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The Emoji Revolution: Rise of Emoji Marketing [Part 2/3]

Culture Annie Pagano on Nov 8, 2016 10:00:00 AM

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In Part 1 of this three-part series, we broke down the origins of both the emoticon and the emoji. If you missed the first post, click here to catch up. It’s clear that emoji have taken the Western world by storm. A couple facts to demonstrate their immense popularity (NY Mag, IP Watchdog):

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  • Over 6 billion emoji were sent every day last year

  • Emoji as a group are used more frequently on Twitter than are hyphens or the numeral 5

  • Demographics of every age group are so enamored by emoji that the ‘Face with Tears of Joy’ emoji was selected as Oxford Dictionaries 2015 Word of the Year.

Emoji are especially popular with teen and young adults in the United States. Tech companies and brands, that have traditionally had trouble reaching this demographic, are increasingly investing time and money to crack the code that is emoji. Google Trends data shows the increase in popularity of the term over time. Just recently, The Museum of Modern Art in New  York acquired the original 176 character emoji set for its permanent collection. Within the same week, VICE News released a segment on “The History of The Emoji” on HBO (which happened to be released the day before part 1 of this series!). 

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The Future of Marketing?

  • The Guardian publishedPresident Obama’s State of the Union address in emoji

  • Hillary Clinton initiated a conversation about student debt on Twitter asking for responses in emoji

  • Emoji are now visible in email subject lines and studies have shown they have higher click through rates (Experien)

  • Twitter launched emoji activated hashtags for the United Nations’ COP21 climate change summit in Paris

  • LinkedIn Messagingadded support for emoji

  • Domino’s allows people to tweet a ‘pizza’ emoji to initiate a pizza order

We are even seeing brands creating their own emoji keyboards – and they’ve been wildly successful too! Dove’s “Love Your Curls” emoji was developed by Snaps who said it was one of its most successful campaigns. Even Kim Kardashian created her own keyboard. Surprisingly, at its peak, the keyboard was generating $1 million in gross income per minute. It’s safe to assume most of Kim’s fans are younger females, which shows you the type of buying power that demographic has.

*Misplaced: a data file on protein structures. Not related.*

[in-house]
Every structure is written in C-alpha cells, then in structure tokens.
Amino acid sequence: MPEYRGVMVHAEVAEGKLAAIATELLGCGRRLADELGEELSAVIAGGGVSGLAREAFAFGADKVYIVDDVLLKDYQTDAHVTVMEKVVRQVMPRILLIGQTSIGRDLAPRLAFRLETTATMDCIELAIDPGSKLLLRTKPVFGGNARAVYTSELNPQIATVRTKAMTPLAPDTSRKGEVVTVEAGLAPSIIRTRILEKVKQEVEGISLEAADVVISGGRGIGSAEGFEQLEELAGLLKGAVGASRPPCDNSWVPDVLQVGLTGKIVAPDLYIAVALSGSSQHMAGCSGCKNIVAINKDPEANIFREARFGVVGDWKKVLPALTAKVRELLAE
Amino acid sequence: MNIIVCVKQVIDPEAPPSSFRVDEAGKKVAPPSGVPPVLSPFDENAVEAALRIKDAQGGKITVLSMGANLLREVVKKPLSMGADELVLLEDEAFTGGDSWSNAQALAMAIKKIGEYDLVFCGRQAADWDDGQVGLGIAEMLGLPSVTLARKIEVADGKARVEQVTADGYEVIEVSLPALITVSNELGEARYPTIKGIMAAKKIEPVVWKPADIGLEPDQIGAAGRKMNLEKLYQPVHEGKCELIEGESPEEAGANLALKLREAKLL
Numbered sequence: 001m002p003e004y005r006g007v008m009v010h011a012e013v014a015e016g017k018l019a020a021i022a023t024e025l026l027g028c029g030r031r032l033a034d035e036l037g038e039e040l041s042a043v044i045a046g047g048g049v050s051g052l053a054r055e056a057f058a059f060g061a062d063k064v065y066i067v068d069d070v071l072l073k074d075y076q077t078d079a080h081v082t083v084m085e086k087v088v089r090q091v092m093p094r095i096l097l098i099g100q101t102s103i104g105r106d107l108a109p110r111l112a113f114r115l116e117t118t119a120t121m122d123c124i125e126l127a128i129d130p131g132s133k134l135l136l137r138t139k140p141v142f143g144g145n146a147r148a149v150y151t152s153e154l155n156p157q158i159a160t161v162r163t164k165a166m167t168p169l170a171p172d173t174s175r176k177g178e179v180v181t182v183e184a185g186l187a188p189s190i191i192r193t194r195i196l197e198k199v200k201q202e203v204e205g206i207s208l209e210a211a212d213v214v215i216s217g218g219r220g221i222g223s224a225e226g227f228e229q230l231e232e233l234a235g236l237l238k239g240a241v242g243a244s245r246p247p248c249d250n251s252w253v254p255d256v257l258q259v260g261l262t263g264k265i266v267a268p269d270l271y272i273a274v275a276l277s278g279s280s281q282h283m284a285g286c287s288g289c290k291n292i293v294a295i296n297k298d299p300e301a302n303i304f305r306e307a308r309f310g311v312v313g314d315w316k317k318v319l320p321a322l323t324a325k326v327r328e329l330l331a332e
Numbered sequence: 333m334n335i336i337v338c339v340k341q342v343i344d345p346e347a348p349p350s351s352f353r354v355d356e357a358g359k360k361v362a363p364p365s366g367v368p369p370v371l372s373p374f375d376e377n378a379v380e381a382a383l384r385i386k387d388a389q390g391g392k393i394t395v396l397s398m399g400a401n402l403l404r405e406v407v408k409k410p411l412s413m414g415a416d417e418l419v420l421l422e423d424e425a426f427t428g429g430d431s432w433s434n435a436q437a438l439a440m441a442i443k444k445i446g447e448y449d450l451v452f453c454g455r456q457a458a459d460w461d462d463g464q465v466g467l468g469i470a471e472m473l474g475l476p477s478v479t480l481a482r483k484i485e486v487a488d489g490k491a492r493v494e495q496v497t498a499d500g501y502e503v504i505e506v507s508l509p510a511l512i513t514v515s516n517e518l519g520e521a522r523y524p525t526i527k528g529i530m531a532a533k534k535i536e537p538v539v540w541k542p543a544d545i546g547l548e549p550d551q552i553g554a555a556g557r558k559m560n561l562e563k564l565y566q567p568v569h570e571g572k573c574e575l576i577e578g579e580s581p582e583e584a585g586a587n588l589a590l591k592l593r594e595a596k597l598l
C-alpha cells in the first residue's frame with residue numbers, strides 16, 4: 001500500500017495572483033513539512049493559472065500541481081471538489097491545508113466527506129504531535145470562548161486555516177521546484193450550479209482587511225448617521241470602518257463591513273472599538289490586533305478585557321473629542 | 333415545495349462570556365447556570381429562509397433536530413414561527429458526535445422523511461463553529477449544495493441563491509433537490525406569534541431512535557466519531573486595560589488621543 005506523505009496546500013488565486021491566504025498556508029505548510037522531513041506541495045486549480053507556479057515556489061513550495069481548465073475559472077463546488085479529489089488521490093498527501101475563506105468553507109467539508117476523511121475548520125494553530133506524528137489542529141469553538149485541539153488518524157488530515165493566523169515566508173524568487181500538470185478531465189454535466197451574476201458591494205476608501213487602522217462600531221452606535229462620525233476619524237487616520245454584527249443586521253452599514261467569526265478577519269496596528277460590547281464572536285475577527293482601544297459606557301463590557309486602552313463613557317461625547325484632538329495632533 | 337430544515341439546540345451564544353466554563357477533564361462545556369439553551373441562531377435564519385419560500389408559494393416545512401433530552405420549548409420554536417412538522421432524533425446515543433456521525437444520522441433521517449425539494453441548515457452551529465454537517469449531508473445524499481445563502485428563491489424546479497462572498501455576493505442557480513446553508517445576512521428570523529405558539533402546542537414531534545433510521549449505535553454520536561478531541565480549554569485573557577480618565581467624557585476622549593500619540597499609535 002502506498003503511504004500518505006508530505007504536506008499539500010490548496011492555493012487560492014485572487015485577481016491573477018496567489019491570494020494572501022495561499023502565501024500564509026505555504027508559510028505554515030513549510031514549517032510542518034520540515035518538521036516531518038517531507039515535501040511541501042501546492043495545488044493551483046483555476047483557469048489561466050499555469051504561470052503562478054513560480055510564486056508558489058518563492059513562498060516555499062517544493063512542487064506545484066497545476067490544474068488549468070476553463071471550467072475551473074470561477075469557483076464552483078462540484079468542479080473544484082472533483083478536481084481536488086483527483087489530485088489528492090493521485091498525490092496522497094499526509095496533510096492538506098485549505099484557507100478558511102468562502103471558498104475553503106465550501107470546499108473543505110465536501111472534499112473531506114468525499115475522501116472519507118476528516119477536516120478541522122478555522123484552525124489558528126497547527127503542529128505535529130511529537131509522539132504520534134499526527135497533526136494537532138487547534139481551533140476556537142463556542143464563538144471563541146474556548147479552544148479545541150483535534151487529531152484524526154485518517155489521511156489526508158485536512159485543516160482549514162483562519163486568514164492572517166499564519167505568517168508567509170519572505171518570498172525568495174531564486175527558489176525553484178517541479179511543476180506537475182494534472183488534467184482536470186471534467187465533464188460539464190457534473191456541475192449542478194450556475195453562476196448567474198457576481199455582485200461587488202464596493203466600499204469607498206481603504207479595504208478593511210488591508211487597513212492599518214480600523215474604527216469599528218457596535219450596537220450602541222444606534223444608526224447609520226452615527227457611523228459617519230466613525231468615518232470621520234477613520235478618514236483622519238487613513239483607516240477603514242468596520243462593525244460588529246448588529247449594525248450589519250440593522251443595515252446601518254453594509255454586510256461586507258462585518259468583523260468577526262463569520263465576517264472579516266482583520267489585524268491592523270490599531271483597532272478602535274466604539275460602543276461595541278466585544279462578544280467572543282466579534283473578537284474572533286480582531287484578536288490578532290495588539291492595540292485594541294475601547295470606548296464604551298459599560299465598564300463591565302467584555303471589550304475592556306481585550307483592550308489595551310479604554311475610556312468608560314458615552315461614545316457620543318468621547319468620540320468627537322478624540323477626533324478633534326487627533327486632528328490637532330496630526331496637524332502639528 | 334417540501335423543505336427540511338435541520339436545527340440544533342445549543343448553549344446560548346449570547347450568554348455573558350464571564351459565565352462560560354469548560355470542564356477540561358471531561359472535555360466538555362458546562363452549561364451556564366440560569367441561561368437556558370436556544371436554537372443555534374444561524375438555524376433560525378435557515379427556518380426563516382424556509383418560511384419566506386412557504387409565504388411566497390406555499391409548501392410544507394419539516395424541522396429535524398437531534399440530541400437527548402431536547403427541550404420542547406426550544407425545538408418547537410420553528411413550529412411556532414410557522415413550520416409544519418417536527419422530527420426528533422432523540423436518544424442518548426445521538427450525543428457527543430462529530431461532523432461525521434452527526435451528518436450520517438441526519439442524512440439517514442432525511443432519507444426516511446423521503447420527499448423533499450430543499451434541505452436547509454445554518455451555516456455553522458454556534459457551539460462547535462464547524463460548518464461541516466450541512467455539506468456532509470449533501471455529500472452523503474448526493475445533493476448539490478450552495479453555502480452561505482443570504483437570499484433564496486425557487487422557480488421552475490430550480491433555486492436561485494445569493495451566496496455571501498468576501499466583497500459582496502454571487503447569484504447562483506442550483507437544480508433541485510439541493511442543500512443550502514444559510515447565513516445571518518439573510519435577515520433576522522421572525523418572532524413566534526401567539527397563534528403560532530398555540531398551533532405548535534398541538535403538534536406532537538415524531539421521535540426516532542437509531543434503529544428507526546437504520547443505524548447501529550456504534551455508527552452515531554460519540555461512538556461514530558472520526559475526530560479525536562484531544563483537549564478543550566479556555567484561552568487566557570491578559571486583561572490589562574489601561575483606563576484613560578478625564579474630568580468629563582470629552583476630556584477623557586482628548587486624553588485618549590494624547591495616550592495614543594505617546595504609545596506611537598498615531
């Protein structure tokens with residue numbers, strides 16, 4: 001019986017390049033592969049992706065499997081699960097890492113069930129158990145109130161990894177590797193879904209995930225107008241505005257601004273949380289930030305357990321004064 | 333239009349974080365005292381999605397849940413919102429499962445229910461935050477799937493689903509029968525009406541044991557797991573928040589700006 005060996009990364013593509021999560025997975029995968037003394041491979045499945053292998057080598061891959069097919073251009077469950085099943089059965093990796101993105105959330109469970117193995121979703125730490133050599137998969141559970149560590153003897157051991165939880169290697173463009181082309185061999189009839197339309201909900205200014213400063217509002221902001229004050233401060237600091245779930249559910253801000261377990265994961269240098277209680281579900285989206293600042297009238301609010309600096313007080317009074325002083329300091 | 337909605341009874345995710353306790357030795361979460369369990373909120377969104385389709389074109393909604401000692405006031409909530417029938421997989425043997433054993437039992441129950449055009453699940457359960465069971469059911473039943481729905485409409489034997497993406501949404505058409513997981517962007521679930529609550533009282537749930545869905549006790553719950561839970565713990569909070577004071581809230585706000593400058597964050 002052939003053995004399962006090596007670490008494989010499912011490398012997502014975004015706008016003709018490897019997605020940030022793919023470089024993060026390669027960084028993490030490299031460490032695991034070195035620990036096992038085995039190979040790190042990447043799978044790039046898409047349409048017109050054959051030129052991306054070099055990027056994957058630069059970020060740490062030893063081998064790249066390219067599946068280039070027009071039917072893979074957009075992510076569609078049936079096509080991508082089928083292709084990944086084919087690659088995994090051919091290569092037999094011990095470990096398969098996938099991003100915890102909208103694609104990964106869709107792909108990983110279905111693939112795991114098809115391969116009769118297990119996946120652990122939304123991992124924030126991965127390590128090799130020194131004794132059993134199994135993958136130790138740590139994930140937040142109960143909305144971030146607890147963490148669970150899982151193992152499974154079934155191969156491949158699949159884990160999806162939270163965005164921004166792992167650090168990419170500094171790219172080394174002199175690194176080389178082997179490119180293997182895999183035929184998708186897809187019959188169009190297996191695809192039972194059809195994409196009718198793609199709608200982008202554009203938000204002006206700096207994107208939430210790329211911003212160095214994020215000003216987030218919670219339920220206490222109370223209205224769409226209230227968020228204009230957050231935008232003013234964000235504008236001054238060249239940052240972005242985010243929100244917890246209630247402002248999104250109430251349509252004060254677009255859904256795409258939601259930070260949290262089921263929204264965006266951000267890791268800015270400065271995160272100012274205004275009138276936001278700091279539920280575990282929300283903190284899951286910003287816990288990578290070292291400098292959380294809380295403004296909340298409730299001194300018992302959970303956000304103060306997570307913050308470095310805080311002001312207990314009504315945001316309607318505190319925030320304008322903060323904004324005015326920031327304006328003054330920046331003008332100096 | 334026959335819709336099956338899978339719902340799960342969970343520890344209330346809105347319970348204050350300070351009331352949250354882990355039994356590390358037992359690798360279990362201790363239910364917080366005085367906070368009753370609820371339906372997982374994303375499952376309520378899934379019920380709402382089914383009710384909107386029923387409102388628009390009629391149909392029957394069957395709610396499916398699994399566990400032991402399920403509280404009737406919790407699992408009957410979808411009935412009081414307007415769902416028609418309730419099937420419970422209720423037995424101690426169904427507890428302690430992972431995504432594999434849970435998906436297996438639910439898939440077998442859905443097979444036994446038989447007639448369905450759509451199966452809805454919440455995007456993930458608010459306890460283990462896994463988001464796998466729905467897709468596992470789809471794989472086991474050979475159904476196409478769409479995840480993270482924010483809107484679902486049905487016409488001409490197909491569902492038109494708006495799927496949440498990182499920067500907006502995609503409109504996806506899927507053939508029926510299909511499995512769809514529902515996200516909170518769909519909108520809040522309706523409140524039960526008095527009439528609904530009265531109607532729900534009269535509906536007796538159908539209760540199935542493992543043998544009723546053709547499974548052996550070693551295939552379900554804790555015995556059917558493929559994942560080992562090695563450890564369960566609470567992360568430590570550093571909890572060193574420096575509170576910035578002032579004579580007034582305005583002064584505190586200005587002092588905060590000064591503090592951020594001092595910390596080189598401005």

The bottom line is: emoji marketing campaigns are working. And not only are they working, but a majority of them are wildly successful when done correctly. Research conducted by Appboy shows that conversion rates associated with emoji messaging campaigns have increased 135% throughout the past year alone. 

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Image: Appboy

Know Your Market

Of course, like any good marketing campaign, it’s important to truly know your market. Emoji marketing won’t be for everyone. The same Appboy research also found that a small percent finds them inappropriate (11%) or childish (12%). Although it’s easy to brush this marketing technique off as for B2C only, there is certainly room for it as well in B2B. B2B is an extremely broad term and the key to success with emoji marketing is segmentation. Although marketers are seeing stronger results from messaging campaigns that include emoji, they have also been better at creating targeted campaigns rather than blasting them to their entire database.

 

Translation: The Logical Next Step?

Many say that emoji are a universal language and even transcend language barriers. While this is true, a smiley face does mean the same thing across cultures; there are still those that have mixed interpretations (as referenced in part I). In addition, emoji show up differently on different phone operating systems. There are hundreds that have been made uniform across operating systems, but many show up slightly different resulting in drastically different interpretations. The table below shows how one emoji displays differently depending on the device and how likely it is to be misconstrued based on the difference in appearance.

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We predict that this proclivity for misinterpretation will eventually, at some level, cause issues for brands utilizing emoji in their marketing tactics. We have heard first hand from translators that very large corporations have approached them to translate emoji. Just as crowd sourced translations have become more popular to create a uniform message across cultures, could this be the future of emoji translation? Who will this new group of translators be?

Keep an eye out for the conclusion to this series where we work with a couple teenage girls (13-16 years old) on their opinions and ability to translate emoji’. Let’s see just how different each translation may turn out…